There is something that seems entirely out of place about a pre-cooked microwavable cheeseburger in the line-up of Hulk Hogan-endorsed goods. At the same time, there are definitely arguments that it could be one of the most appropriate product associations among all of the Hulkster’s side ventures. One review posed the query, “Whatcha gonna do when these saturated fats run wild on you?” Available at Wal-Mart and other outlets of a similar nature, reviews of the boxed four-pack of burgers that you can still find online go into comedic detail about how awful this product was, identifying pale-colored meat with fake grill marks that looked less appetizing than a similarly priced product from McDonald’s.
Still, one reviewer recommended that collectors go out to their local store and buy a package – suggesting that the box with Hogan’s image on it might be worth something later down the line.
There is an interesting story that accompanies Hulk Hogan’s journey to become the face of his own kitchen implement. Accounts vary, but the story goes that when Hogan decided to explore endorsements for kitchen appliances, his agent called him and pitched a few ideas. Among them was a grill and the other was a meatball maker. Hulk passed on the grill, directing his agent to pass that one along to another client and enthusiastically put his support behind the meatball machine. The grill endorsement went to George Foreman – perhaps you’ve heard of it. While you will be hard-pressed to find any Hulk Hogan Meatball Machines on the market, a grill endorsement did eventually come Hogan’s way, but in the meantime, he missed out on millions of dollars in royalties that he served up on a platter for the former world boxing champion. Who’s the meatball now, huh Hulk?
The development of the Hogan Energy drink was an idea that came together before television audiences as Hulk proposed it on-screen while shooting his family reality TV series, Hogan Knows Best. The product, initially pitched as “Hulk Energy,” never went to market under that name, instead hitting store shelves on the west coast in the United States in 2006 as Hogan Energy. At the time of the drink’s release, it was a featured product of Socko Energy, a rising player in the energy drink game. The drink was released in regular and sugar-free formats, but unlike Hulkamania, his energy drink brand was not immortal. Socko, based in Scottsdale, Arizona, continues to produce and distribute drinks, but the Hogan Energy drink is no longer advertised as part of their product line.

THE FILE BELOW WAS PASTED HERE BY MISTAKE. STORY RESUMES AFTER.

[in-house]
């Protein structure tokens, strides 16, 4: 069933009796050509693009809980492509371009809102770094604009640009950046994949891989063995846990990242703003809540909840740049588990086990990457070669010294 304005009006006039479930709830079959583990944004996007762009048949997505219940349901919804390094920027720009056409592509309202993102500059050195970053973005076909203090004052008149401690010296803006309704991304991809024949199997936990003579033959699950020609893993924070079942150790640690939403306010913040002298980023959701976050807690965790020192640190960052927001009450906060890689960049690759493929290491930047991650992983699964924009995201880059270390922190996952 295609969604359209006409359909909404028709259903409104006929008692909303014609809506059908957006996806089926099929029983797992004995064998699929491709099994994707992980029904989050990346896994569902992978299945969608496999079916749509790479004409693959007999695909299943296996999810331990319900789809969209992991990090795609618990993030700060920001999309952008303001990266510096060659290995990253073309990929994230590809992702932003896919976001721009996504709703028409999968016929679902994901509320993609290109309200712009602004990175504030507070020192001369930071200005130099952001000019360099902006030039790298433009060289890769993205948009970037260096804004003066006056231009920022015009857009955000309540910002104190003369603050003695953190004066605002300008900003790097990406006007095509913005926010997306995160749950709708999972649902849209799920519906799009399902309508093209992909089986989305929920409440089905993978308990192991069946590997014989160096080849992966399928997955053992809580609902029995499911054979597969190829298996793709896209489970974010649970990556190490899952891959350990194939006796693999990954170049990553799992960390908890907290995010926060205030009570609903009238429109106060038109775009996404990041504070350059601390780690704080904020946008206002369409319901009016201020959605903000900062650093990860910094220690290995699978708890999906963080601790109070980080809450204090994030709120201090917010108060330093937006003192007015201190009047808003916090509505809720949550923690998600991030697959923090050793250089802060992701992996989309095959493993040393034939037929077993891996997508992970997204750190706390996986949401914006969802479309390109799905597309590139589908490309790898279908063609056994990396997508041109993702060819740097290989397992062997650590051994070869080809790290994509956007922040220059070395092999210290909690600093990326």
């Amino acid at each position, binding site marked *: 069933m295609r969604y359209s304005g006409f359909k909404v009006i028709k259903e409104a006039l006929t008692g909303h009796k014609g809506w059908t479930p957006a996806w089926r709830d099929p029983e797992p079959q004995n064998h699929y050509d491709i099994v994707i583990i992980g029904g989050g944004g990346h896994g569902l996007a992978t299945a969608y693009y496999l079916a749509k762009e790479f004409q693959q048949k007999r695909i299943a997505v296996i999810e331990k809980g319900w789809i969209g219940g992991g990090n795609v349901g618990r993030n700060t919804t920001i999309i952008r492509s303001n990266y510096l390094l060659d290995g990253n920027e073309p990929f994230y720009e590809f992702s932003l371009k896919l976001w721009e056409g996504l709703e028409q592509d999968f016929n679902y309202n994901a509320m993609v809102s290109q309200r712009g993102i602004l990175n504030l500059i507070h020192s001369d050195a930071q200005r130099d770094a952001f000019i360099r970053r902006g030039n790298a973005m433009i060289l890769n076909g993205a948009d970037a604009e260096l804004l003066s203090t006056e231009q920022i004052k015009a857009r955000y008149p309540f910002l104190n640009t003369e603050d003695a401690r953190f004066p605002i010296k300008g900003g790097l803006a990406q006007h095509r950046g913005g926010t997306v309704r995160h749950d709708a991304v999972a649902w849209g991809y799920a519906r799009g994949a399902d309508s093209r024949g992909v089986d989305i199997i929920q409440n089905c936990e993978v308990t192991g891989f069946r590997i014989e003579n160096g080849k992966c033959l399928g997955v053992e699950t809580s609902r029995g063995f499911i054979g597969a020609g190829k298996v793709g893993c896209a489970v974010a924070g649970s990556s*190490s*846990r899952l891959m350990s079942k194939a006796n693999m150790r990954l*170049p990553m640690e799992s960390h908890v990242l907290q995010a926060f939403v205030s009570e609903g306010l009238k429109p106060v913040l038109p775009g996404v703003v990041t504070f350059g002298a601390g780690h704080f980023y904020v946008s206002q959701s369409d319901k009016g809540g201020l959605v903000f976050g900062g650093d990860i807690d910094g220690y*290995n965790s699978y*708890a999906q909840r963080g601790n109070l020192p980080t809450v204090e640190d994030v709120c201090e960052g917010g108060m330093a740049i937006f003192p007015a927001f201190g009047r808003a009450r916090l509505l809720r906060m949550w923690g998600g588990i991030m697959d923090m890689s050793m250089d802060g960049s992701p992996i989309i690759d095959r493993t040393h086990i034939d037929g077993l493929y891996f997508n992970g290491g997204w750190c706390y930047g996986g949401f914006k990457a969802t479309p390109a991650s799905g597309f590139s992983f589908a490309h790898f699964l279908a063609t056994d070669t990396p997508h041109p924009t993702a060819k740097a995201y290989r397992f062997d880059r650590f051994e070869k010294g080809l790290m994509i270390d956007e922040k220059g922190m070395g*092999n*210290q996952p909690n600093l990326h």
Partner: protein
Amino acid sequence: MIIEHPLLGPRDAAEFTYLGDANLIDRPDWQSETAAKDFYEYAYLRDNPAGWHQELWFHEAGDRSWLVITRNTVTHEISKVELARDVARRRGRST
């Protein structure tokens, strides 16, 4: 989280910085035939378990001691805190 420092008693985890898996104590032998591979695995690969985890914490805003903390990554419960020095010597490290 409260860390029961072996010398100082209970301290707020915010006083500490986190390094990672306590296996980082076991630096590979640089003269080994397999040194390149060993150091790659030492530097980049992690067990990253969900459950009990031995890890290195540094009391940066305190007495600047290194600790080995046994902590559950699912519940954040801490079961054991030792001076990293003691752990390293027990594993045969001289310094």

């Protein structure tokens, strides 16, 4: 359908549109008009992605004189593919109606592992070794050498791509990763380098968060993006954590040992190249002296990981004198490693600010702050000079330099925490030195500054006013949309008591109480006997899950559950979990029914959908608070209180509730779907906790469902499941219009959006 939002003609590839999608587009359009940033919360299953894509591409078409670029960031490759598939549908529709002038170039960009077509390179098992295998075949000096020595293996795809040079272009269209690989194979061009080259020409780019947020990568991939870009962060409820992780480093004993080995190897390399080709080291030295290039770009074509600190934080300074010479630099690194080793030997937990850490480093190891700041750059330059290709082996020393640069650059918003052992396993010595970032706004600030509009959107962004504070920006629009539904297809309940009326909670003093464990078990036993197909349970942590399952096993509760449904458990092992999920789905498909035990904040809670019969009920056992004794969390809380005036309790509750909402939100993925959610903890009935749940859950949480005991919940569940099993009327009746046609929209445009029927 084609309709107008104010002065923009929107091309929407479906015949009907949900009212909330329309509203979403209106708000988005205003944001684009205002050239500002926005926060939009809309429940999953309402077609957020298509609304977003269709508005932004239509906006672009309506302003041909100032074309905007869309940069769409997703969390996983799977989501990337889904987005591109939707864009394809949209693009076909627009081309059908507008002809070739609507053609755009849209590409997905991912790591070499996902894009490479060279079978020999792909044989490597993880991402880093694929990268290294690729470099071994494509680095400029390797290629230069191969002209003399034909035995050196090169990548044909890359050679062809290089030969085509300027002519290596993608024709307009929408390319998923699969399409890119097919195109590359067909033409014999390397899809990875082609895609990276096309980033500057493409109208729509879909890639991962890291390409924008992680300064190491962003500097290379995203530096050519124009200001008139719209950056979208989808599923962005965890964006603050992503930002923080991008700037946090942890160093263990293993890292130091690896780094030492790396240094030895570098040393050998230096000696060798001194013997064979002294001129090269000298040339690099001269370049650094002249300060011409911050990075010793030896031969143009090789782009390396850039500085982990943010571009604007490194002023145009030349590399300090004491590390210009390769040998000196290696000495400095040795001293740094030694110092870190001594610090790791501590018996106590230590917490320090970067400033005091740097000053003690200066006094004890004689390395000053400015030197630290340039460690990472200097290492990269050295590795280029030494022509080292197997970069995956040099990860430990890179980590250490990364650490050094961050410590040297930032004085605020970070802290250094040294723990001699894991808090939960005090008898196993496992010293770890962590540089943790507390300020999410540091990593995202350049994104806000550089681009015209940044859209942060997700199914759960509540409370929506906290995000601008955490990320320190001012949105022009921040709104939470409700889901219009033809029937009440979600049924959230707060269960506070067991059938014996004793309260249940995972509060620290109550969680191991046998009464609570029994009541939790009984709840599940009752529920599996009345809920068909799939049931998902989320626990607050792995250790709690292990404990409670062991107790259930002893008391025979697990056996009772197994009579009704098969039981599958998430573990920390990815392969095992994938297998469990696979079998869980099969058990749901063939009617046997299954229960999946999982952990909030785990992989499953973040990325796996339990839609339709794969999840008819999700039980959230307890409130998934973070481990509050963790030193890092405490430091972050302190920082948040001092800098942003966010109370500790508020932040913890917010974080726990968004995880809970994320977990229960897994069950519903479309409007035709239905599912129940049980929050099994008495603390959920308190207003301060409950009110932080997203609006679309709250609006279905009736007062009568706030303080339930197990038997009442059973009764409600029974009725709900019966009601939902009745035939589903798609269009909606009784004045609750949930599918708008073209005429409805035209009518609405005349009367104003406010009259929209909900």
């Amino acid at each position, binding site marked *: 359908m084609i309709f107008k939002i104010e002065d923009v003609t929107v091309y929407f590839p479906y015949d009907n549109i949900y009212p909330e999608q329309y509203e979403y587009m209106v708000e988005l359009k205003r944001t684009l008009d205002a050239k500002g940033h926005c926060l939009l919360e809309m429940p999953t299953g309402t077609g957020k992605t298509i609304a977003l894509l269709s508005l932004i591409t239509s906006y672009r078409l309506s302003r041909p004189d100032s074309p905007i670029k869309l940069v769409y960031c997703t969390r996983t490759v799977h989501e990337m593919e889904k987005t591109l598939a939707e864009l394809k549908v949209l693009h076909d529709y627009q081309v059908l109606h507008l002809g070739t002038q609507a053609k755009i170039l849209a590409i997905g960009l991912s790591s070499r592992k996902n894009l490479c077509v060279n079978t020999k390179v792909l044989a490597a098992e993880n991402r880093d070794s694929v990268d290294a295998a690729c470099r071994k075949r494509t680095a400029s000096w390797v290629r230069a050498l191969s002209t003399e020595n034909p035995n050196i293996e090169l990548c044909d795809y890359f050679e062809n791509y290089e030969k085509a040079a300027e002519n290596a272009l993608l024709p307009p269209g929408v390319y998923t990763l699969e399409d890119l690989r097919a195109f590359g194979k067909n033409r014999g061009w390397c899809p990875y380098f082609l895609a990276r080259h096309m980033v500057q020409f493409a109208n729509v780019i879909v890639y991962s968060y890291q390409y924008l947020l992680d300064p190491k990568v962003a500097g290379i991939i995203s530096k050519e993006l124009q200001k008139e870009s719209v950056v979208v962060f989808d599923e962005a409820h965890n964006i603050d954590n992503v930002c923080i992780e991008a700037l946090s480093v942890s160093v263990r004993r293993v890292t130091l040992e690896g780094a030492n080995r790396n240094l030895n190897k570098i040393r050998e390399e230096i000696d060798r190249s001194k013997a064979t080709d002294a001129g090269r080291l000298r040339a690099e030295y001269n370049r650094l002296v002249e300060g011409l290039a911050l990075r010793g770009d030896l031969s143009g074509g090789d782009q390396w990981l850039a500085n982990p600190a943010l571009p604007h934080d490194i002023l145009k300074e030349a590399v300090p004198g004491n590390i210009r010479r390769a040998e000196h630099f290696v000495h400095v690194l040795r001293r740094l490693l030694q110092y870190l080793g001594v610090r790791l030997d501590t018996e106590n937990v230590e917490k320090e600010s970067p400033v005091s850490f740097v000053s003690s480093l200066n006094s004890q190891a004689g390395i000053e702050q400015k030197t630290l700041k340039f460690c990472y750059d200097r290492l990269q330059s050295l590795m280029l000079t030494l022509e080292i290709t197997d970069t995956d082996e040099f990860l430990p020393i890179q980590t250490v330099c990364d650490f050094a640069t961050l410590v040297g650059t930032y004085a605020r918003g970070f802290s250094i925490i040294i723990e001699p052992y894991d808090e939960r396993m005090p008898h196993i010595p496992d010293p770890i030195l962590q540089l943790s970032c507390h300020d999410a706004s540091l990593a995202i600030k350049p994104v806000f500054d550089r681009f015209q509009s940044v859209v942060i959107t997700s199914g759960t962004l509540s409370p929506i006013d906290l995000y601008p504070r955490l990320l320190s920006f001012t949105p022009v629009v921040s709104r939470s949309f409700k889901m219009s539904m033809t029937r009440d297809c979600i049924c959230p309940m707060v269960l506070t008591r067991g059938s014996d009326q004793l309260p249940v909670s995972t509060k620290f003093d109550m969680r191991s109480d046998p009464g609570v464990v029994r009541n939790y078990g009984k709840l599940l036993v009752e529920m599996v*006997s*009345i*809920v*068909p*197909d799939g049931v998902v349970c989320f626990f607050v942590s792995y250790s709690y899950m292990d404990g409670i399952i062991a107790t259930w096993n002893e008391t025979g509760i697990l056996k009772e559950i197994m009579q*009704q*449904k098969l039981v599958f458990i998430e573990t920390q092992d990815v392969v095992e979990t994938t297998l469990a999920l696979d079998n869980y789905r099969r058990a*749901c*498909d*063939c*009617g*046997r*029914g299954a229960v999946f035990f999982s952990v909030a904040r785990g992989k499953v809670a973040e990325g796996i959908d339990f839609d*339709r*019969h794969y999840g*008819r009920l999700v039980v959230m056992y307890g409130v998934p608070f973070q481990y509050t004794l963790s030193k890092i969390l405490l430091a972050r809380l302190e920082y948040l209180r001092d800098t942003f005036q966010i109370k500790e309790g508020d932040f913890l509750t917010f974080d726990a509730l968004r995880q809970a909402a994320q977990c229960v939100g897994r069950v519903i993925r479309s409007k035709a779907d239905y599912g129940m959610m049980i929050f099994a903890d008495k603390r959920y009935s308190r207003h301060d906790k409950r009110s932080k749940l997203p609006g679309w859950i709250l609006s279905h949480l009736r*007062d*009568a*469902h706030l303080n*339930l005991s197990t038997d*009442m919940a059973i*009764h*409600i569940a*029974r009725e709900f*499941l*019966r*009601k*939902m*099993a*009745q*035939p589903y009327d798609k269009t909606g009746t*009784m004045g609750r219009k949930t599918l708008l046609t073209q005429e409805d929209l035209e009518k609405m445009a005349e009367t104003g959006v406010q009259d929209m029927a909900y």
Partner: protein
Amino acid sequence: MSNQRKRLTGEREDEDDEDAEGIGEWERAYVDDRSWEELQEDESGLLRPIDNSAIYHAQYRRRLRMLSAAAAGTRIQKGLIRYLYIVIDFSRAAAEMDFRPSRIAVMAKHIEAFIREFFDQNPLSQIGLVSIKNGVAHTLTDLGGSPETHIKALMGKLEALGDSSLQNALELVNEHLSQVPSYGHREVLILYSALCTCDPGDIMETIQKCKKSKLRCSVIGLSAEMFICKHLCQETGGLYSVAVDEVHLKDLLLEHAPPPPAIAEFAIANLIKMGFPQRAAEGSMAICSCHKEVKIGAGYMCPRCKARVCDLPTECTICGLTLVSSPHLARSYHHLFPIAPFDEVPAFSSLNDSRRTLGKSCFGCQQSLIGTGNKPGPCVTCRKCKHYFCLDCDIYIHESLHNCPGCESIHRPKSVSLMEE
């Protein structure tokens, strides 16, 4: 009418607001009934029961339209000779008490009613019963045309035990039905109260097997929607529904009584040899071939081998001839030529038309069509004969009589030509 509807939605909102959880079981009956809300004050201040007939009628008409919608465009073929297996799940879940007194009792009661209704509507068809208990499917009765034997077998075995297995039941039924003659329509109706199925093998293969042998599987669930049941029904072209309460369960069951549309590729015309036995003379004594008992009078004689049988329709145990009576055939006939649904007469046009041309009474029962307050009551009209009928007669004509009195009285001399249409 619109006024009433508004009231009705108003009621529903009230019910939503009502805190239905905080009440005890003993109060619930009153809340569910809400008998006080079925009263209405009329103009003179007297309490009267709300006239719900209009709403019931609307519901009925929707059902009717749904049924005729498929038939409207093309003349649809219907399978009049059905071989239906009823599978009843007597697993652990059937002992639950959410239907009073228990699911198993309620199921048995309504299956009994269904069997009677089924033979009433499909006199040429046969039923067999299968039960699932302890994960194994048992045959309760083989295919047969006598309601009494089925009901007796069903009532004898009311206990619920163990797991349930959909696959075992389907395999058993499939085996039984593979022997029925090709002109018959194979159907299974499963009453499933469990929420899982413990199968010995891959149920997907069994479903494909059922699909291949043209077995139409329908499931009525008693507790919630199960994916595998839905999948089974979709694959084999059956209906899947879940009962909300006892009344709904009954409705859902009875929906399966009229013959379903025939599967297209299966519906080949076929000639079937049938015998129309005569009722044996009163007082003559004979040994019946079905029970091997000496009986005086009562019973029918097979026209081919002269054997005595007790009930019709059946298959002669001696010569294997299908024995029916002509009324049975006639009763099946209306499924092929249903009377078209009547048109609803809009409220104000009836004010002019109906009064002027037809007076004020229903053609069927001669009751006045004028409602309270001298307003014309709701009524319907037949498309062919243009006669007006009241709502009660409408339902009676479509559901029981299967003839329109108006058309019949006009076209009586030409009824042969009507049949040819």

Had Hogan been inspired to attempt this product launch when he was still active in front of wrestling fans on a weekly basis, it may have had a better chance of success.
Probably the most logical product for Hulk Hogan to attach his name to was Hulk Hogan’s multi-vitamins. Produced while Hogan was still under contract with the WWE and reigning as champion, the print ads spotlight Hogan in the image that Vince McMahon had cultivated as a role model for youngsters. The champion’s credo of “training, saying your prayers and eating your vitamins” came together with this product. The multi-vitamin was carried by a number of major chains across the United States and Hogan was billed as the new champion of children’s chewables.
This early success for a product that fell outside of WWE’s marketing probably inspired much of the other items on this list. Considering all of the products that Hogan has been attached to over the years, just about the only thing we haven’t seen from Hogan is a prayer book to make up the trifecta of his 1980s message for youngsters.
If the sight of Hulk Hogan in a Hulkamania-branded chef’s hat seems over the top, let’s not forget the Hulkster’s cinematic masterpieces as Mr. Nanny or Suburban Commando. Hulk Hogan’s Pasta Mania debuted in the food court at the Mall of America in 1996 and marked Hogan’s first foray into the food industry. The franchise lasted less than a year, though it was in operation when WCW launched their live Monday Night show Nitro to run head-to-head with the WWE. Perhaps this early fumble as a restaurateur led him to be more cautious in his future endeavors in the hospitality industry.
In recent years, Hulk has opened Hogan’s Beach in Clearwater, Florida, just outside of Tampa. In addition to the restaurant, the tourist destination also includes a gift shop, a night club and events center that is more in line with the flamboyant brand that we have come to associate with The Hulkster.